Our operating environment
The electricity supply industry in South Africa consists of the generation, transmission, distribution and sales, as well as the importing and exporting of electricity. Eskom is a key player in the industry, as we operate most of the base-load and peaking capacity. As noted earlier, we sell electricity to a variety of customers, including to municipalities, who distribute power to end users under licence.
IPPs have been invited to participate through a renewable energy programme run by the Department of Energy (DoE). Potential players were shortlisted and successful bidders have been contracted to supply energy into the national grid owned by Eskom. All grid planning is done by us, lines are constructed under specific licensing criteria and conform to a National Grid Code which is overseen and regulated by NERSA, South Africa’s energy regulator.
The Integrated Resource Plan 2010-2030 (IRP 2010) sets out South Africa’s long-term energy needs and discusses the generating capacity, technologies, timing and costs associated with meeting that need. The electricity market is regulated by NERSA in terms of the National Energy Regulatory Act, 2004. NERSA issues licences, regulates all tariff increases, provides national grid codes, etc.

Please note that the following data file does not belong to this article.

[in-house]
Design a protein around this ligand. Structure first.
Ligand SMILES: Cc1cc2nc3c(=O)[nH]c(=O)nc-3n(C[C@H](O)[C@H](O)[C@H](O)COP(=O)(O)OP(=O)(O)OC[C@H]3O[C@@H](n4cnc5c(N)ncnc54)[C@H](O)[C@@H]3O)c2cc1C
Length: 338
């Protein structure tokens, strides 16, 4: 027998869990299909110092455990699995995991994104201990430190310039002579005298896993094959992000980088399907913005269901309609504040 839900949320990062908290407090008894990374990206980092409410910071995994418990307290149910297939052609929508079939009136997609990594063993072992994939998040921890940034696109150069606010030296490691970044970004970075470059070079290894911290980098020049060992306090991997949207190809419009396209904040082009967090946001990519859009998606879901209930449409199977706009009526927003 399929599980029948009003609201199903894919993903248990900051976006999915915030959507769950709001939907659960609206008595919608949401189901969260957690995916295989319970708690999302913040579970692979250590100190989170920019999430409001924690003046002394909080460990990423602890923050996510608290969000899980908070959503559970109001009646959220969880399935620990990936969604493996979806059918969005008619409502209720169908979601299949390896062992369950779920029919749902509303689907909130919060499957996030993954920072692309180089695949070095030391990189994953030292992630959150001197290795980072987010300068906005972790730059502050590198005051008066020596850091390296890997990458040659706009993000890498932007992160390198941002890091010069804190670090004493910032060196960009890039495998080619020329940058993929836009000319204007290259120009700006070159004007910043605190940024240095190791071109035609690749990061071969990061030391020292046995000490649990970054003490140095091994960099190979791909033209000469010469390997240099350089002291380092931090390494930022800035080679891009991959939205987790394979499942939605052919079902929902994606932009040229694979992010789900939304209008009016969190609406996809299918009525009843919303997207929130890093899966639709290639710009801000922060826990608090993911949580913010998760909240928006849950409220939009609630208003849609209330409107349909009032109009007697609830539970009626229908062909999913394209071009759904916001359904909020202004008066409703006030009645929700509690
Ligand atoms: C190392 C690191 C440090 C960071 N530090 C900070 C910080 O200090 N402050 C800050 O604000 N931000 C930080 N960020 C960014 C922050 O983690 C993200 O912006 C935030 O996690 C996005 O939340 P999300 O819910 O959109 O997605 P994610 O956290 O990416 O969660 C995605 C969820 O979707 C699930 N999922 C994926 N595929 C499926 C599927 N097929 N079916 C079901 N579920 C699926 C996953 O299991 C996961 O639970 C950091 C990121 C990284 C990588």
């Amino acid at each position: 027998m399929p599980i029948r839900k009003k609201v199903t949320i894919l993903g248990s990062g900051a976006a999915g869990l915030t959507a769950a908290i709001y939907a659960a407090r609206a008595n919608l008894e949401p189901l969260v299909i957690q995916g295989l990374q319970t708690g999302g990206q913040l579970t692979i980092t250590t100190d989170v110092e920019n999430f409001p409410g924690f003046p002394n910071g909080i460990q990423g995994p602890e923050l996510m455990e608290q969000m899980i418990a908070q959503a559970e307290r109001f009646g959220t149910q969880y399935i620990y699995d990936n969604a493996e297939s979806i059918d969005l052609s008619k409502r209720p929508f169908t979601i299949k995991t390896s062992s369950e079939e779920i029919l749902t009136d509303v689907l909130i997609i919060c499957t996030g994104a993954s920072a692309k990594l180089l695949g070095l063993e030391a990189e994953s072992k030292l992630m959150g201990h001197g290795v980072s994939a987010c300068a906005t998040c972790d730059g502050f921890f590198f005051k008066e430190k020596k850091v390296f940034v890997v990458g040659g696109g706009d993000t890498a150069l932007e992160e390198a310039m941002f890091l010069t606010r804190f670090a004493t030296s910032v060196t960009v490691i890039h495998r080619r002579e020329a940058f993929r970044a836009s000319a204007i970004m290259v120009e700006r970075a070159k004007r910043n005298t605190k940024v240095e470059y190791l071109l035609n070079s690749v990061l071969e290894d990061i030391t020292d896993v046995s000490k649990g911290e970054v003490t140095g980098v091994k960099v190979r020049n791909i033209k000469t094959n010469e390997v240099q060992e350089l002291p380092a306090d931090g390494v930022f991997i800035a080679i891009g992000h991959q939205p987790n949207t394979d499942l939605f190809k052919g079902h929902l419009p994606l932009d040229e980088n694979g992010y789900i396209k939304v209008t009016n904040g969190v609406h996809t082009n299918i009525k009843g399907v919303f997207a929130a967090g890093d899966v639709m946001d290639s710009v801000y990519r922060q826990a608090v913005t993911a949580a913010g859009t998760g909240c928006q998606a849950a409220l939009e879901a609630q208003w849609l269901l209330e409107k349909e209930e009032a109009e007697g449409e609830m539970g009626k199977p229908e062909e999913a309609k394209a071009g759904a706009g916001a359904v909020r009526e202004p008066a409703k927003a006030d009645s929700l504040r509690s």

The National Nuclear Regulator (NNR) ensures that individuals, society and the environment are adequately protected against radiological hazards associated with the use of nuclear technology, and in our case, regulates Koeberg, our nuclear power station.
The Independent System Market Operator (ISMO) Bill was a proposal to restructure the existing market, with one dominant player within a regulated market managing the overall value chain of electricity generation, transmission and the bulk sale of electric power. A proposed independent system operator, with or without transmission assets being incorporated into the structure, was considered in terms of legislation, but the ISMO Bill has since been retracted.
We support Government’s proposal of drafting a new Electricity Bill, which will replace the ISMO Bill and will accommodate the entry of IPPs while allowing the System Operator to manage the current supply situation without extraneous distractions, thereby
minimising potential interruptions to supply.
The Southern African Power Pool (SAPP) is made up of South Africa, Botswana, Lesotho, Mozambique, Namibia, Swaziland, Zambia and Zimbabwe, connected through an integrated grid.